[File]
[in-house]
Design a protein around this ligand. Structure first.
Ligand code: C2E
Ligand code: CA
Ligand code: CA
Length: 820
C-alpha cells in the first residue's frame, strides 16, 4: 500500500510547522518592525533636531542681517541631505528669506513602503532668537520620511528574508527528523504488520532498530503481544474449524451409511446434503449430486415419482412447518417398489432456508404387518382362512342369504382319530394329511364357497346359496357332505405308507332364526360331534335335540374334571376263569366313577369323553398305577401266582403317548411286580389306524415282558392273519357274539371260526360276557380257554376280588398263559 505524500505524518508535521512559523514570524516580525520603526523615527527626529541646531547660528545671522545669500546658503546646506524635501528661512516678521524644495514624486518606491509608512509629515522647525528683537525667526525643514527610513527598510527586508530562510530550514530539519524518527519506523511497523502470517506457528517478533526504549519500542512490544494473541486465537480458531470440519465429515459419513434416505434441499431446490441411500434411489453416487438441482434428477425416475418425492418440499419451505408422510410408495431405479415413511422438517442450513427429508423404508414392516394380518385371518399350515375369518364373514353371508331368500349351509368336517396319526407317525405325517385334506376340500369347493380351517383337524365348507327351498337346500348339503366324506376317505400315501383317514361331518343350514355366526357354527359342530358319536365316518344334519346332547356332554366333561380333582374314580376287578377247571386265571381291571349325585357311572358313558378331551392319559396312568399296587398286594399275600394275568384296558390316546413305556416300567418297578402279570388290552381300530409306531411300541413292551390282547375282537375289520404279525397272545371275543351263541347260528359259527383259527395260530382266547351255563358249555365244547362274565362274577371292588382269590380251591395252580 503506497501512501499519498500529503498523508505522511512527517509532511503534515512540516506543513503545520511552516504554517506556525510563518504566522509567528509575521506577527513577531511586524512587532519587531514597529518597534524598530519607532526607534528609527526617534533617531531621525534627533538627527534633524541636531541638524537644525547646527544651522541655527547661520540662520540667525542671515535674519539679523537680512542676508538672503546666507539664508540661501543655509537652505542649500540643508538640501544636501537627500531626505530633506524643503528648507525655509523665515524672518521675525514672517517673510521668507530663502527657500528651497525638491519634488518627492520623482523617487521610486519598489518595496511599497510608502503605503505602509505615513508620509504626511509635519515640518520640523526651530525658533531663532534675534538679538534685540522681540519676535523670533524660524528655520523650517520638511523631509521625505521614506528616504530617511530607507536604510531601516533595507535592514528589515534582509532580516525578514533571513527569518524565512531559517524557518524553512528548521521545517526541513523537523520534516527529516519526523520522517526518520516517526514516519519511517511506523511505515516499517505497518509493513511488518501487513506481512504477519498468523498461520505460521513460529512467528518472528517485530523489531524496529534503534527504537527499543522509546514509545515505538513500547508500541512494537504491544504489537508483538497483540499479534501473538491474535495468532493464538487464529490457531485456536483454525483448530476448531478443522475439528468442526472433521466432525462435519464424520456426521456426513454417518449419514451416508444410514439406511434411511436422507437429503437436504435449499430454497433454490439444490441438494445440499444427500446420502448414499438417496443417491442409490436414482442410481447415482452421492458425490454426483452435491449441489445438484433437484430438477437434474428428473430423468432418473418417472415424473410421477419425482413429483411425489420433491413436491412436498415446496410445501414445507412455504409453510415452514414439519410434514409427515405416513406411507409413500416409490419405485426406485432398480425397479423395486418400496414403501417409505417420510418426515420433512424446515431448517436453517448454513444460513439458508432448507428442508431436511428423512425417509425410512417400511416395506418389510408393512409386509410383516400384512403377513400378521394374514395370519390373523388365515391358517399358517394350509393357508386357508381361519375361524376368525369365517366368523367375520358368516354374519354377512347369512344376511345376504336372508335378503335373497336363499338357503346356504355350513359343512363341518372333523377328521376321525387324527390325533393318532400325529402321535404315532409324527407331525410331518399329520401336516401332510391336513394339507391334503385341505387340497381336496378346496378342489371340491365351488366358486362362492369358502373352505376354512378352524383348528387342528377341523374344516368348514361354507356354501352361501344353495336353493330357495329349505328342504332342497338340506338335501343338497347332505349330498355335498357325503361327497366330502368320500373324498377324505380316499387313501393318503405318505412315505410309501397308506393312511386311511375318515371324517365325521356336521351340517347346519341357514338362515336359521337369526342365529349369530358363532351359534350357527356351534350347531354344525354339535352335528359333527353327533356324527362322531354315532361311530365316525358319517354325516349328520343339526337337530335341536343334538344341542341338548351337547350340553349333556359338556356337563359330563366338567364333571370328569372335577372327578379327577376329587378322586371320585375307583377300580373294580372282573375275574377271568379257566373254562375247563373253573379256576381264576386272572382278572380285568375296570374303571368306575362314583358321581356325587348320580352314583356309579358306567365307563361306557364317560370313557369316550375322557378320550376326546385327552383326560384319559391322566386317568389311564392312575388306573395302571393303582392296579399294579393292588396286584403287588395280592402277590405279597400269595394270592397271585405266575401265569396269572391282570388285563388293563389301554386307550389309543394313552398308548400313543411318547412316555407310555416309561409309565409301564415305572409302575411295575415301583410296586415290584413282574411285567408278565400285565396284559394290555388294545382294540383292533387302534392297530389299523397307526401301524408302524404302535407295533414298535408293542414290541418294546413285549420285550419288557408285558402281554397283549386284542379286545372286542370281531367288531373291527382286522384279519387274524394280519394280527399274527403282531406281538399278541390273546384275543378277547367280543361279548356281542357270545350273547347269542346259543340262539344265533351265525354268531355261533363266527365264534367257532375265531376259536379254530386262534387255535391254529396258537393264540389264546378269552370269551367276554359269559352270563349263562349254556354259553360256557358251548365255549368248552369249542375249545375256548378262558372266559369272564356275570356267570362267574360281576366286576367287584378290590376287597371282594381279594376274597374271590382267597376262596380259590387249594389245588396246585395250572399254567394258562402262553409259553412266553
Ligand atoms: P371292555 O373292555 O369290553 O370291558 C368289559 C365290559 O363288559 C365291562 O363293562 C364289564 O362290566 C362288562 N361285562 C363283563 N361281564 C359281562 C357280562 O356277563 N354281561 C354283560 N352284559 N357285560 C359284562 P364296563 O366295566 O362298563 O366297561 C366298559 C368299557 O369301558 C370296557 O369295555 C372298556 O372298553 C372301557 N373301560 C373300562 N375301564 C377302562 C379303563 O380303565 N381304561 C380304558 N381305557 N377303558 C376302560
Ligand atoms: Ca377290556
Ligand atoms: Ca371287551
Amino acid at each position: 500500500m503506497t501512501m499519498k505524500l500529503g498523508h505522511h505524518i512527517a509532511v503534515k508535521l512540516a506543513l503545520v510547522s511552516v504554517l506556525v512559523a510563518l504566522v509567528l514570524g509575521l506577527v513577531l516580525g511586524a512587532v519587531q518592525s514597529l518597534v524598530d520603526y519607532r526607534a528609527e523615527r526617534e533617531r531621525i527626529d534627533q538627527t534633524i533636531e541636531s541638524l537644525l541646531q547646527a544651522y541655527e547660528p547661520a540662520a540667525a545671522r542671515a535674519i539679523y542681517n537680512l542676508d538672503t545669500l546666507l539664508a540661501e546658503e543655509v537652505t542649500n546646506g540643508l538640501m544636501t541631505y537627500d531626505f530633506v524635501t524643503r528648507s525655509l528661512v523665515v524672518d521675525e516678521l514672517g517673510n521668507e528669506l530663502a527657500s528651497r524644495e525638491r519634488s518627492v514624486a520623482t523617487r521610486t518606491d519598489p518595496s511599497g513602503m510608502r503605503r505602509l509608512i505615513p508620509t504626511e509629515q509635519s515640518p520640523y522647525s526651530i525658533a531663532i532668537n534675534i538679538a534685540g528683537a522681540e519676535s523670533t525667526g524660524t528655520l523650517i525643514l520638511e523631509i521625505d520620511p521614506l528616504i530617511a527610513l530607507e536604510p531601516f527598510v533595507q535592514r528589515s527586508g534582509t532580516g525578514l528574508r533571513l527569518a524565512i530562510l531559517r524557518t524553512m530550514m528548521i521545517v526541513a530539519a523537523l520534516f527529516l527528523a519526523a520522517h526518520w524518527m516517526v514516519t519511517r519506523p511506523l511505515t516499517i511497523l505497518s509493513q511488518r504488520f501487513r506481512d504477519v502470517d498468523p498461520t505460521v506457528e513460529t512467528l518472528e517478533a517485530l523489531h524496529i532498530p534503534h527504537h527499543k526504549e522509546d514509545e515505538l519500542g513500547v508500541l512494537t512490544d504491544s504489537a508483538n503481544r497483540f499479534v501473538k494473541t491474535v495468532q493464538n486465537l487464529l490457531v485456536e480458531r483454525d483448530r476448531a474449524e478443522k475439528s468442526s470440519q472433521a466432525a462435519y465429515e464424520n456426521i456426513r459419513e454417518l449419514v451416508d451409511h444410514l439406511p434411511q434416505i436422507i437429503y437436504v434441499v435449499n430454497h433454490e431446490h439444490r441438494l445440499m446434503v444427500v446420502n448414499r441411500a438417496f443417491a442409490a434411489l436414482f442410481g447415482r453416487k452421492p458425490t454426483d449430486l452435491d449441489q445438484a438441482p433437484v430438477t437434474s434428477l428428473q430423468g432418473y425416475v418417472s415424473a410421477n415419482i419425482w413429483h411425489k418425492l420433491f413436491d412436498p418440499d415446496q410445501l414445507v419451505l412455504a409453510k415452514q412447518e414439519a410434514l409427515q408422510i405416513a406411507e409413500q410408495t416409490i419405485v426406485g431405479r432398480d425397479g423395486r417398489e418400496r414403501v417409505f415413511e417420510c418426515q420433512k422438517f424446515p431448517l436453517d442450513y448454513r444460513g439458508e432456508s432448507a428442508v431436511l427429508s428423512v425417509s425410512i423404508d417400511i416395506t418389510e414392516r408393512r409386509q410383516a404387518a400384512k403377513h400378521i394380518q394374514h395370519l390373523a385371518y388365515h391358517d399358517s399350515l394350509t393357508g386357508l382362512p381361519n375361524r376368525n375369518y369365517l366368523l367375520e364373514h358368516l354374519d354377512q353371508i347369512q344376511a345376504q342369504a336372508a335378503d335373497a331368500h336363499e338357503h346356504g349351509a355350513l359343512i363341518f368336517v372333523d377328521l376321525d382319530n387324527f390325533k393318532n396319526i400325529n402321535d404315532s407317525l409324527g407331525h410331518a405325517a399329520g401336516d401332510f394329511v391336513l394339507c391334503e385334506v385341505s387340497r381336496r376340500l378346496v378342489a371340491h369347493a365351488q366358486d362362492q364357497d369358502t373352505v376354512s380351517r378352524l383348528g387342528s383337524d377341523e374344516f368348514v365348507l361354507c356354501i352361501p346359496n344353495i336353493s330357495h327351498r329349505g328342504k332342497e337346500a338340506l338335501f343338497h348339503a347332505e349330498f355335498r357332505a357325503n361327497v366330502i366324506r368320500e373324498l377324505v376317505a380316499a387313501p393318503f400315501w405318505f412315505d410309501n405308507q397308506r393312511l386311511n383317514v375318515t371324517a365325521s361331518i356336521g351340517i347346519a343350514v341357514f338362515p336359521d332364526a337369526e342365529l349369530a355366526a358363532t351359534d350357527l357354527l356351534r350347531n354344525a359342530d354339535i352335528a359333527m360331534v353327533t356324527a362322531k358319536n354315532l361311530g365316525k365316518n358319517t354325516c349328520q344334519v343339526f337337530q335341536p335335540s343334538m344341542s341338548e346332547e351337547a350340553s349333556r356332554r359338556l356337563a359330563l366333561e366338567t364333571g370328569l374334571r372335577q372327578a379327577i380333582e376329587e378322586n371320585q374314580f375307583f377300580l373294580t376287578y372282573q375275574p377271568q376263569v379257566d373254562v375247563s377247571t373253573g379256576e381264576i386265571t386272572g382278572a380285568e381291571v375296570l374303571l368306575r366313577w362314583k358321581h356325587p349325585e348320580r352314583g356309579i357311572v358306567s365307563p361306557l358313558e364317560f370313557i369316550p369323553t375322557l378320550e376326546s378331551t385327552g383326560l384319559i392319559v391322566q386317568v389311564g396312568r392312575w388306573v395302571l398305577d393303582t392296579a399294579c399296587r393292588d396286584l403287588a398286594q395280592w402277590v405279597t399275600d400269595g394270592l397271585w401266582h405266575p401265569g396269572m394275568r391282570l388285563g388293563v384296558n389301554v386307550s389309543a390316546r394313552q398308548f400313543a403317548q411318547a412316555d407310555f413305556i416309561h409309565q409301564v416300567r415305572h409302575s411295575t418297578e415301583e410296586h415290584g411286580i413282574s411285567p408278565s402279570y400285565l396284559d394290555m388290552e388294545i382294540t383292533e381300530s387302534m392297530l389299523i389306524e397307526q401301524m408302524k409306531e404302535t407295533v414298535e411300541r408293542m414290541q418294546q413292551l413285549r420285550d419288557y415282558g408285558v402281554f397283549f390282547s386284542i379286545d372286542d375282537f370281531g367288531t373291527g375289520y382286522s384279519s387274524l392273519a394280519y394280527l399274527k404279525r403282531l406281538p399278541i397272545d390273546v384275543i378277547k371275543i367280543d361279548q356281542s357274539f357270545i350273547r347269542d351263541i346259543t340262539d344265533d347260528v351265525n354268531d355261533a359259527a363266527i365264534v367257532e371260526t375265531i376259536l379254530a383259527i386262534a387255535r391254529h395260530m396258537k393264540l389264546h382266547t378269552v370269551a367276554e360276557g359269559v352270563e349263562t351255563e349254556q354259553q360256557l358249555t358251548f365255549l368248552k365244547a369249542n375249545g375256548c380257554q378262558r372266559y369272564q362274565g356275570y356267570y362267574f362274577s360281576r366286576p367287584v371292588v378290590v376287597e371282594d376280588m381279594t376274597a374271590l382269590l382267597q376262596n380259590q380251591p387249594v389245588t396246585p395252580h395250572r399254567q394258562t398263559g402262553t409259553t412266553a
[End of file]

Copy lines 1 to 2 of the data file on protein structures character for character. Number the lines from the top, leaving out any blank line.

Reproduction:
[in-house]
Design a protein around this ligand. Structure first.